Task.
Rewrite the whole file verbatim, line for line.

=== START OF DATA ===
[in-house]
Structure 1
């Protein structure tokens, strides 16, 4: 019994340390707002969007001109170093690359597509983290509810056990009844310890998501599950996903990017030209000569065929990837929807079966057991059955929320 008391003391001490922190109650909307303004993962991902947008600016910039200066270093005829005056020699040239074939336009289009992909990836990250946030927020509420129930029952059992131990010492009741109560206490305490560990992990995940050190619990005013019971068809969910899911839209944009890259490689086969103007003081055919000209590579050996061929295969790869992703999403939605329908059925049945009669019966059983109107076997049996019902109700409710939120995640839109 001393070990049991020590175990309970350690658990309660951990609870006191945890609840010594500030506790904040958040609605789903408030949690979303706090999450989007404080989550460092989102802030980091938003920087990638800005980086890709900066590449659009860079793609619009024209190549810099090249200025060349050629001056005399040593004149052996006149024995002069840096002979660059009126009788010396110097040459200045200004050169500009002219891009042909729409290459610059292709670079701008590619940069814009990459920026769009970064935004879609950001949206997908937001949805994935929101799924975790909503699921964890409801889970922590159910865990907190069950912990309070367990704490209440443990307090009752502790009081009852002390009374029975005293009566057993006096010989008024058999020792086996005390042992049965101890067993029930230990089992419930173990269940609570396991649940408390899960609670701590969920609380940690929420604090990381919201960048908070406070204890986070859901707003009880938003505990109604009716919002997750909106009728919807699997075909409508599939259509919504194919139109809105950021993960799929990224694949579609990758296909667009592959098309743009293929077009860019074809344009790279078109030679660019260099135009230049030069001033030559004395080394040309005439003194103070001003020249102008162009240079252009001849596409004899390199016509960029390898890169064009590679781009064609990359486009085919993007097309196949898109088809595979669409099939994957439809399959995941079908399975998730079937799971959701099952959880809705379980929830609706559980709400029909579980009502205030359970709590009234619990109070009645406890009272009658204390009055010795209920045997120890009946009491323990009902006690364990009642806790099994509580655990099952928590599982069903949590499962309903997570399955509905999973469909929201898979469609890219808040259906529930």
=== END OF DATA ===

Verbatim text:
[in-house]
Structure 1
């Protein structure tokens, strides 16, 4: 019994340390707002969007001109170093690359597509983290509810056990009844310890998501599950996903990017030209000569065929990837929807079966057991059955929320 008391003391001490922190109650909307303004993962991902947008600016910039200066270093005829005056020699040239074939336009289009992909990836990250946030927020509420129930029952059992131990010492009741109560206490305490560990992990995940050190619990005013019971068809969910899911839209944009890259490689086969103007003081055919000209590579050996061929295969790869992703999403939605329908059925049945009669019966059983109107076997049996019902109700409710939120995640839109 001393070990049991020590175990309970350690658990309660951990609870006191945890609840010594500030506790904040958040609605789903408030949690979303706090999450989007404080989550460092989102802030980091938003920087990638800005980086890709900066590449659009860079793609619009024209190549810099090249200025060349050629001056005399040593004149052996006149024995002069840096002979660059009126009788010396110097040459200045200004050169500009002219891009042909729409290459610059292709670079701008590619940069814009990459920026769009970064935004879609950001949206997908937001949805994935929101799924975790909503699921964890409801889970922590159910865990907190069950912990309070367990704490209440443990307090009752502790009081009852002390009374029975005293009566057993006096010989008024058999020792086996005390042992049965101890067993029930230990089992419930173990269940609570396991649940408390899960609670701590969920609380940690929420604090990381919201960048908070406070204890986070859901707003009880938003505990109604009716919002997750909106009728919807699997075909409508599939259509919504194919139109809105950021993960799929990224694949579609990758296909667009592959098309743009293929077009860019074809344009790279078109030679660019260099135009230049030069001033030559004395080394040309005439003194103070001003020249102008162009240079252009001849596409004899390199016509960029390898890169064009590679781009064609990359486009085919993007097309196949898109088809595979669409099939994957439809399959995941079908399975998730079937799971959701099952959880809705379980929830609706559980709400029909579980009502205030359970709590009234619990109070009645406890009272009658204390009055010795209920045997120890009946009491323990009902006690364990009642806790099994509580655990099952928590599982069903949590499962309903997570399955509905999973469909929201898979469609890219808040259906529930």